BALTIMORE (AP) -- Baltimore streets previously rocked by riots were eerily quiet early Wednesday as residents obeyed an all-night curfew enforced by 3,000 police and National Guardsmen.
The curfew, which went into effect at 10 p.m. Tuesday, got off to a not-so-promising start, however, as about 200 protesters initially ignored the warnings of police officers and the pleas of community activists to disperse.
Some threw water bottles or lay down on the ground. A line of police behind riot shields hurled tear gas canisters and fired pepper balls at the crowd and slowly advanced forward to push it back. Demonstrators picked up the canisters and hurled them back at officers. But the crowd rapidly dispersed and was down to just a few dozen people within minutes.
The clash came after a day of high tension but relative peace in Baltimore, which was rocked by looting and widespread arson Monday in the city's worst outbreak of rioting since 1968.
Police, city leaders and many residents condemned the violence, and hundreds of volunteers showed up Tuesday to sweep the streets of glass and other debris.
Just before midnight Tuesday, Baltimore Police Commissioner Anthony Batts declared the curfew, which ends at 5 a.m., a success.
"We do not have a lot of active movement throughout the city as a whole. ... Tonight I think the biggest thing is the citizens are safe, the city is stable," he said. "We hope to maintain it that way."
Batts said a total of 10 people were arrested after the curfew went into effect: two for looting, one for disorderly conduct, and seven for violating the curfew.
Gov. Larry Hogan, Mayor Stephanie Rawlings-Blake and other officials made appearances throughout the day, promising to reclaim and restore pride to their city. Baltimore Public Schools CEO Gregory Thornton said in a notice posted on the school system's website that schools will be open Wednesday. The notice said after-school sports and clubs will also take place.
But life was unlikely to get completely back to normal anytime soon: The curfew was to go back into effect at 10 p.m. Wednesday and baseball officials - in what may be a first in the sport's 145-year history - announced that Wednesday's Baltimore Orioles game at Camden Yards would be closed to the public.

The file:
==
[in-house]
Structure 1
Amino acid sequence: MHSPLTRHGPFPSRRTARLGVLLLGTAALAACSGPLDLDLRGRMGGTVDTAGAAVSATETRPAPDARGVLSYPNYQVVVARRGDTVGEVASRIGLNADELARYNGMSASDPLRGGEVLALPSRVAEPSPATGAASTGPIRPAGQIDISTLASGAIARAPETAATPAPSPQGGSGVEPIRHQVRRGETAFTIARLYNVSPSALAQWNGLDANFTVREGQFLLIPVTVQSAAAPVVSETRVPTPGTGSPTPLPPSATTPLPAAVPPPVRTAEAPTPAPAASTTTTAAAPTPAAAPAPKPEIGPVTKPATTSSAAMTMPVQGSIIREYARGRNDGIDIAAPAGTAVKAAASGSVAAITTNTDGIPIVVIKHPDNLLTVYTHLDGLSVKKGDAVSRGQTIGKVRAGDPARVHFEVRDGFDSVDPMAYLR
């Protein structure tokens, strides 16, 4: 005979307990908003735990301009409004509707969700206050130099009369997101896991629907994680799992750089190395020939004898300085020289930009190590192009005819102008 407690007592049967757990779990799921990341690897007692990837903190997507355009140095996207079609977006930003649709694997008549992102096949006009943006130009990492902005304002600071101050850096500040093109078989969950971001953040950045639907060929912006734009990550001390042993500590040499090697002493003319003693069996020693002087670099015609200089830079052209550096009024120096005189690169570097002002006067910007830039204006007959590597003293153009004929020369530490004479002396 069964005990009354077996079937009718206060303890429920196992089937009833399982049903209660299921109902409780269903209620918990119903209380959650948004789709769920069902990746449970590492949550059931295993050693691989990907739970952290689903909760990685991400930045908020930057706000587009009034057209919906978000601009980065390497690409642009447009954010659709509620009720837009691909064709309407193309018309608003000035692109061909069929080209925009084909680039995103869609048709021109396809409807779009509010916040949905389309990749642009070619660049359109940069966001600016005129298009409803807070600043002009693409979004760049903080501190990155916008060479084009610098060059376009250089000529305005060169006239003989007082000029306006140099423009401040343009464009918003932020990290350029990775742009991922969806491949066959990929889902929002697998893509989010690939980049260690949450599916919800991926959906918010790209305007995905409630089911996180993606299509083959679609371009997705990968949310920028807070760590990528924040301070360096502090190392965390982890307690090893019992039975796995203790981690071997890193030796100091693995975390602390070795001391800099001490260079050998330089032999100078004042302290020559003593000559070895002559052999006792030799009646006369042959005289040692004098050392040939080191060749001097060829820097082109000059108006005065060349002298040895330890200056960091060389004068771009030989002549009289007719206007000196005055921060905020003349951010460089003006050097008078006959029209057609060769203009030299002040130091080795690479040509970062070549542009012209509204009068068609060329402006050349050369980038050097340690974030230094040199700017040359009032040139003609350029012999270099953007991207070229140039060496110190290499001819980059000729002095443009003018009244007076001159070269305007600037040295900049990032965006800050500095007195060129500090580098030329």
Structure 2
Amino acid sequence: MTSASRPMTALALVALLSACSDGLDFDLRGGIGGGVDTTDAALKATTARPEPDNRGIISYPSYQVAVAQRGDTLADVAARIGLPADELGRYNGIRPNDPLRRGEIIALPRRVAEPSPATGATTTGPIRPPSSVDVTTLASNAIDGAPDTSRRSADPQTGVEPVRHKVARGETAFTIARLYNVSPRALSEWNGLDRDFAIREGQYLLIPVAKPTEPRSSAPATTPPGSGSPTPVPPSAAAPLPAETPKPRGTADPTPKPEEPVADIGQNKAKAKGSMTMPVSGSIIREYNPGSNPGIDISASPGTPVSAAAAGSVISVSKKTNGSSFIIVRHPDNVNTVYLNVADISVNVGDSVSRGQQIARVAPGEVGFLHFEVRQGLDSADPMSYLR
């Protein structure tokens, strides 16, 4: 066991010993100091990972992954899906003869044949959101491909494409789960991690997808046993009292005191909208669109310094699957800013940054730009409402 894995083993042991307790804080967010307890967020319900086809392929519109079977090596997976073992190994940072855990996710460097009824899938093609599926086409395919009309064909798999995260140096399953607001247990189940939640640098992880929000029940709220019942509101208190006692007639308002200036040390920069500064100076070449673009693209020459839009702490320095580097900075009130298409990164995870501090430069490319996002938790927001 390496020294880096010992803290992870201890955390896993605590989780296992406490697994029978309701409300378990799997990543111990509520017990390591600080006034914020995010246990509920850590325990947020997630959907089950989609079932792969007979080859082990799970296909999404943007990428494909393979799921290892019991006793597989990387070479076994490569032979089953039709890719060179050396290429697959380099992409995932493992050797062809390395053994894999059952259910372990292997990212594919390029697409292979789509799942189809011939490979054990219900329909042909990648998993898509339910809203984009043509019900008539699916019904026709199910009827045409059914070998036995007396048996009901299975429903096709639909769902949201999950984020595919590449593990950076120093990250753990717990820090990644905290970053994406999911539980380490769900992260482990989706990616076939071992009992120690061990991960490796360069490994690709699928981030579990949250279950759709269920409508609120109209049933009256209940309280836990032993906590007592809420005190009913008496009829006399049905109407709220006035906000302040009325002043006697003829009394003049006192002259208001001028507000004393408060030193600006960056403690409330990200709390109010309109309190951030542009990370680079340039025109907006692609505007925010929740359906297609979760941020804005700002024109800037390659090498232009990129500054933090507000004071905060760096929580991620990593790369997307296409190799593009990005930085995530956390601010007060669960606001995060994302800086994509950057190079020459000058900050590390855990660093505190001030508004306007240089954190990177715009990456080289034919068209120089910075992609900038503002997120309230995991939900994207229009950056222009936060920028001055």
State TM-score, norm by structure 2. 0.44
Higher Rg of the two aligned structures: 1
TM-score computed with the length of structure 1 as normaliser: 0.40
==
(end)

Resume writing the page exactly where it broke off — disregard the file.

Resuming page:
The violence set off soul-searching among community leaders and others, with some suggesting the uprising was not just about race or the police department, but also about high unemployment, high crime, poor housing, broken-down schools and lack of opportunity in Baltimore's inner-city neighborhoods - issues that are not going away anytime soon.
Activists also stressed that they would continue to press authorities for answers in the case of Freddie Gray, a 25-year-old black man who died of a spinal-cord injury under mysterious circumstances while in police custody. His case is what spurred Monday's riots.
A group of pastors announced plans to hold a rally and prayer vigil for the city of Baltimore and Gray's family at noon Wednesday and to "draw public attention to 17 police accountability bills the state legislature failed to pass during the recent legislative session."
Meanwhile, under the state of emergency Gov. Hogan declared Monday, the more than 200 people arrested since the unrest began could wait longer than usual to have their day in court.
Normally, state law requires that people arrested without warrants appear before a court official within 24 hours of their arrests. But as part of the state of emergency, the governor extended the period to no later than 47 hours, according to a letter he sent Tuesday to Judge Barbara Baer Waxman, the administrative judge for the Baltimore District Court.
"This exercise of my authority is necessary to protect the public safety and to address the more than 200 arrests that were made by Baltimore Police Department and other law enforcement officials," Hogan wrote in the letter, a copy of which was obtained by The Associated Press.